Reopening the Bhutto case - Babar Sattar - Saturday, April 09, 2011

The writer is a lawyer based in Islamabad.

President Zardari has sought an advisory opinion from the Supreme Court under Article 186 of the Constitution that is being seen as an effort to reopen the Bhutto murder case. This article authorises the federal government to seek the apex court’s opinion on a question of law that has public importance. The text of the presidential reference has not been made public and thus it is unclear how the question of law has been framed.

Many in Pakistan believe that Bhutto’s hanging amounted to judicial murder and something ought to be done to correct the wrong. Others argue that under Bhutto’s watch the Federal Security Force instituted a reign of terror and our first elected prime minister brutalised his opponents at will. The reopening of the Bhutto case is thus an emotive issue for many.

In rendering an opinion under Article 186, the Supreme Court will be limited to addressing the question of law raised by the Zardari regime and hence unable to take into account the factual controversies peculiar to the Bhutto murder case. Critics argue that the Zardari regime’s mala fide intent is apparent in this choice of means, as it is incapable of serving the desired end. Given that the Bhutto case cannot be reopened pursuant to a reference under Article 186, this course of action has been deliberately selected to undermine the credibility of the apex court, argue that the judicial branch harbours an ethnic bias, and present the NRO decision and other rulings against the Zardari regime as a manifestation of such bias.

Notwithstanding the vile intent attributed to explain this move (backed by evidence of the Zardari regime’s readiness to play victim and use the Sindh card every time it gets in trouble), there can be no principled objection to finding legal ways to reopen the Bhutto case.

Bhutto might be a terrible man who couldn’t stand dissent, had a feudal mindset and unleashed ruffians upon his critics. But Bhutto was not tried for creating the FSF, getting his opponents molested or launching an operation in Baluchistan. He was tried and hanged for the murder of one man. The demand for reopening the Bhutto case rests on the argument that his conviction was based on evidence insufficient to establish his connection to the murder and the death sentence was disproportionate to the alleged wrong he had committed.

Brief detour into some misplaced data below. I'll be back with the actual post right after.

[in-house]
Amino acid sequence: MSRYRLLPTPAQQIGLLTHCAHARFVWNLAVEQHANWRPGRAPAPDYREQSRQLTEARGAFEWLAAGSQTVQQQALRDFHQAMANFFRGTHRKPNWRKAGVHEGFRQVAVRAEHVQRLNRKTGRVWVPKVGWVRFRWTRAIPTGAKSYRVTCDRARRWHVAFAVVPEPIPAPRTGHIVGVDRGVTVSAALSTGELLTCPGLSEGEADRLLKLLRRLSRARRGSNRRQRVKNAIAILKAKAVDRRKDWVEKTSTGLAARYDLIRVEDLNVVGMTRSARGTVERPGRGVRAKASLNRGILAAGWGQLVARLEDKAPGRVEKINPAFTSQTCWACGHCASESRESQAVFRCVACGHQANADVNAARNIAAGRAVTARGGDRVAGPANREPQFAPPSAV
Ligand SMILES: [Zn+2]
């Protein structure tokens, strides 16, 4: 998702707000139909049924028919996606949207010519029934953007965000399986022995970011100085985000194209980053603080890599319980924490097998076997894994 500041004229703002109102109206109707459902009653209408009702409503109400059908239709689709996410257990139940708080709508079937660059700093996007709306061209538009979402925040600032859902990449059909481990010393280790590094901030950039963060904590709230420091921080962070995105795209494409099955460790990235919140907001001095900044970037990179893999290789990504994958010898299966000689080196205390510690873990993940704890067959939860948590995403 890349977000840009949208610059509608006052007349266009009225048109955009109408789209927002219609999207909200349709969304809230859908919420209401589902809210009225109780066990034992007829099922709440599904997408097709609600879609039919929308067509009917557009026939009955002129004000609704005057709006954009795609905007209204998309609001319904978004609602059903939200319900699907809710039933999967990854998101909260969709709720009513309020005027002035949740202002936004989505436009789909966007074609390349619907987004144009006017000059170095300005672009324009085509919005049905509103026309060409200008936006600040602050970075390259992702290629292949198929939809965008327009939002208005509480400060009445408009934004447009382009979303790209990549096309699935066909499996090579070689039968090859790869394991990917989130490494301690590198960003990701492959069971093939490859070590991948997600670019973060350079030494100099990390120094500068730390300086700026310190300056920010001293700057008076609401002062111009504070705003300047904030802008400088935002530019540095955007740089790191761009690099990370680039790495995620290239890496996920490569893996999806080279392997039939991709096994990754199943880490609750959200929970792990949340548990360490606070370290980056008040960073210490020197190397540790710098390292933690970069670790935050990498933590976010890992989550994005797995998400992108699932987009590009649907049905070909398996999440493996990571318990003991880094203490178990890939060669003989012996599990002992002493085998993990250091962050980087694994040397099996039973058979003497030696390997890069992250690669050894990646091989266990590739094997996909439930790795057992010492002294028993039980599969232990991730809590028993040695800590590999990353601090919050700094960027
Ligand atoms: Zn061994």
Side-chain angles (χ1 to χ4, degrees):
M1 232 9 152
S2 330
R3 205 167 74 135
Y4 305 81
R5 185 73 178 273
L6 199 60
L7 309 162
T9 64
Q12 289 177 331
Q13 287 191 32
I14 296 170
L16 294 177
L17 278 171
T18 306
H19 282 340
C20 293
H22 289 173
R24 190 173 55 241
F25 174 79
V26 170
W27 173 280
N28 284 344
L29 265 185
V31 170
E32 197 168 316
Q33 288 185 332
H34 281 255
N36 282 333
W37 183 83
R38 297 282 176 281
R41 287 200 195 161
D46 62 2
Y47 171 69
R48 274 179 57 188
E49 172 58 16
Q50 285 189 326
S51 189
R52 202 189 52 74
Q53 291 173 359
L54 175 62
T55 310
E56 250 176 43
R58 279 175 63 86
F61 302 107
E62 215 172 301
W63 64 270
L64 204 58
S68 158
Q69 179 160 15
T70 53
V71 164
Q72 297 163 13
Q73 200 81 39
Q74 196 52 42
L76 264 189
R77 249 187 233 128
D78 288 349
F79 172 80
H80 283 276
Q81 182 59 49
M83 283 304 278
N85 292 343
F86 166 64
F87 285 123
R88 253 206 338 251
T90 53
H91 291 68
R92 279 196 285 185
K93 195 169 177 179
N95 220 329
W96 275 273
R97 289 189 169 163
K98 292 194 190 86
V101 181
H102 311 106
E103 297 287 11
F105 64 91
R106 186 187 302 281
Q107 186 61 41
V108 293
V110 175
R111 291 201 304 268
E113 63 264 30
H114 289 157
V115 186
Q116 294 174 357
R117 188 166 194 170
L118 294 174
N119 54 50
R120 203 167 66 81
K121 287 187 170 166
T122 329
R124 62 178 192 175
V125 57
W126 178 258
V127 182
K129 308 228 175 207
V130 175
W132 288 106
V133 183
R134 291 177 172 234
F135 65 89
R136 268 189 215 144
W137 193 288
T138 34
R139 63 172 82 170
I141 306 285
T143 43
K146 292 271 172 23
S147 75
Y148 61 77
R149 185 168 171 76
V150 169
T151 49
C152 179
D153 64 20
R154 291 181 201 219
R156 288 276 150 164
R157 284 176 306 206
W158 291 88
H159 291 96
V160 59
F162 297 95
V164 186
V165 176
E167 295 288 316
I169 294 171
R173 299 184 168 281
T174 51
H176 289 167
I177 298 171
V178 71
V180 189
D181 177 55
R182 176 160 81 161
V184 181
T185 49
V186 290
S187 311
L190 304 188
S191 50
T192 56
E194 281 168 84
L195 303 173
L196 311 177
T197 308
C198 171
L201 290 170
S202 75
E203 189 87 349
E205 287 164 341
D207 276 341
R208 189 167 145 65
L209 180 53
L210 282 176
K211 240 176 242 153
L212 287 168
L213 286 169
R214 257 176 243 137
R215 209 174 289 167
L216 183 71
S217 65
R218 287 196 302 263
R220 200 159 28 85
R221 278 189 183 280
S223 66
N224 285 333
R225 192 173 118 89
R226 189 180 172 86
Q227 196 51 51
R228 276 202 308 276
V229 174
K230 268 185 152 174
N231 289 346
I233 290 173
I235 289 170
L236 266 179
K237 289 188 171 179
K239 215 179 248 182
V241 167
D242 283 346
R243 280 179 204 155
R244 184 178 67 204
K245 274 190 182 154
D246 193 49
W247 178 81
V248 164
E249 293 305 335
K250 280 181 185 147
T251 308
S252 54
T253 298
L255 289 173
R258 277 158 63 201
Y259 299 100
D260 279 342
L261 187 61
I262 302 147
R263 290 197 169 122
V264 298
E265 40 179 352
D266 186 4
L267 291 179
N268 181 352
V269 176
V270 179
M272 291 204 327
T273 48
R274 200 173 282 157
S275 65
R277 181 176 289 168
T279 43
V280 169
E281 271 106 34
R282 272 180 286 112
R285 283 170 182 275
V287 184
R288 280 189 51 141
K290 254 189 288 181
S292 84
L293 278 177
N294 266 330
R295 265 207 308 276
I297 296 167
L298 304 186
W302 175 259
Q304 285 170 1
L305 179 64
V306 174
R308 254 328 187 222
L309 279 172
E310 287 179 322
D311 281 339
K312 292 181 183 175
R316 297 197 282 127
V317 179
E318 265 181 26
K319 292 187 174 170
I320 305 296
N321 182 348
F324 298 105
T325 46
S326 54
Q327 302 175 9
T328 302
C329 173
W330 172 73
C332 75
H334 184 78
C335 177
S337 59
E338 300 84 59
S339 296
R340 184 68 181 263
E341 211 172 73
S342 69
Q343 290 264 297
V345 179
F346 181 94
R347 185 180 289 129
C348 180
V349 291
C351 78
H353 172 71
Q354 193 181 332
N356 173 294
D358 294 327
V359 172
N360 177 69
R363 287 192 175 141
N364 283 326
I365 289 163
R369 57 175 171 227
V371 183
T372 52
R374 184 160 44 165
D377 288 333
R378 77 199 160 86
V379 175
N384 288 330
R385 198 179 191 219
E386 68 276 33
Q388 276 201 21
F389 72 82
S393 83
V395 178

If this contention is correct and there is evidence to establish that he was wrongfully convicted, his legal heirs and supporters have a right to wash the stigma of criminality attached to his name.

As Justice Jackson of the US Supreme Court explained (with due apologies for citing his words repeatedly), that the apex court is not final because it is infallible, but it is infallible because it is final. There is also nothing to gainsay that courts make mistakes. The problem of wrongful convictions and miscarriage of justice plagues legal systems around the world.

But it is not the courts alone that can ensure that the outcomes produced by a legal system are just. The statutory provisions providing for procedural and substantive justice, the law enforcement agencies and state attorneys in charge of prosecution and the judges overseeing adjudication, all contribute to the quality of justice produced. And thus, all three branches of government - the executive, the judiciary and the legislature - are responsible for judicial outcomes.

Every legal system strikes a balance between demands for swiftness, accuracy, finality and fairness. Ours provides for a trial and then an appeal process all the way up to the Supreme Court. It provides for a review of the appellate decision. And once the judicial remedies have been exhausted, it allows the head of the state to issue a pardon in exceptional circumstances under Article 45 of the Constitution.